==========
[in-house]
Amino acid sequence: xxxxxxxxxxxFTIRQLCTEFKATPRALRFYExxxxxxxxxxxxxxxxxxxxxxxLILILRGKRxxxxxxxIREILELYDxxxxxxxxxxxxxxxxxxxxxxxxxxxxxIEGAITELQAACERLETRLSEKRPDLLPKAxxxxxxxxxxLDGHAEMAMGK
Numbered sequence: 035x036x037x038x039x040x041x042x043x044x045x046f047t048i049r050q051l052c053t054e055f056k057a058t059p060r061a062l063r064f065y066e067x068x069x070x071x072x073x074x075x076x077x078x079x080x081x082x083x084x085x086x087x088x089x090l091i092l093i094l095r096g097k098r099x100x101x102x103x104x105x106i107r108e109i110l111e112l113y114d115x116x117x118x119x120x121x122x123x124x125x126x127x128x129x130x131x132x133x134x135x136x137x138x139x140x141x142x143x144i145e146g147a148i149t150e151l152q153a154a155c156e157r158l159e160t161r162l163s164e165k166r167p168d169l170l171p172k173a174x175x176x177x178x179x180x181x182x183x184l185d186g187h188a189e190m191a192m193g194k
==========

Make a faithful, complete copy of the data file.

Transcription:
[in-house]
Amino acid sequence: xxxxxxxxxxxFTIRQLCTEFKATPRALRFYExxxxxxxxxxxxxxxxxxxxxxxLILILRGKRxxxxxxxIREILELYDxxxxxxxxxxxxxxxxxxxxxxxxxxxxxIEGAITELQAACERLETRLSEKRPDLLPKAxxxxxxxxxxLDGHAEMAMGK
Numbered sequence: 035x036x037x038x039x040x041x042x043x044x045x046f047t048i049r050q051l052c053t054e055f056k057a058t059p060r061a062l063r064f065y066e067x068x069x070x071x072x073x074x075x076x077x078x079x080x081x082x083x084x085x086x087x088x089x090l091i092l093i094l095r096g097k098r099x100x101x102x103x104x105x106i107r108e109i110l111e112l113y114d115x116x117x118x119x120x121x122x123x124x125x126x127x128x129x130x131x132x133x134x135x136x137x138x139x140x141x142x143x144i145e146g147a148i149t150e151l152q153a154a155c156e157r158l159e160t161r162l163s164e165k166r167p168d169l170l171p172k173a174x175x176x177x178x179x180x181x182x183x184l185d186g187h188a189e190m191a192m193g194k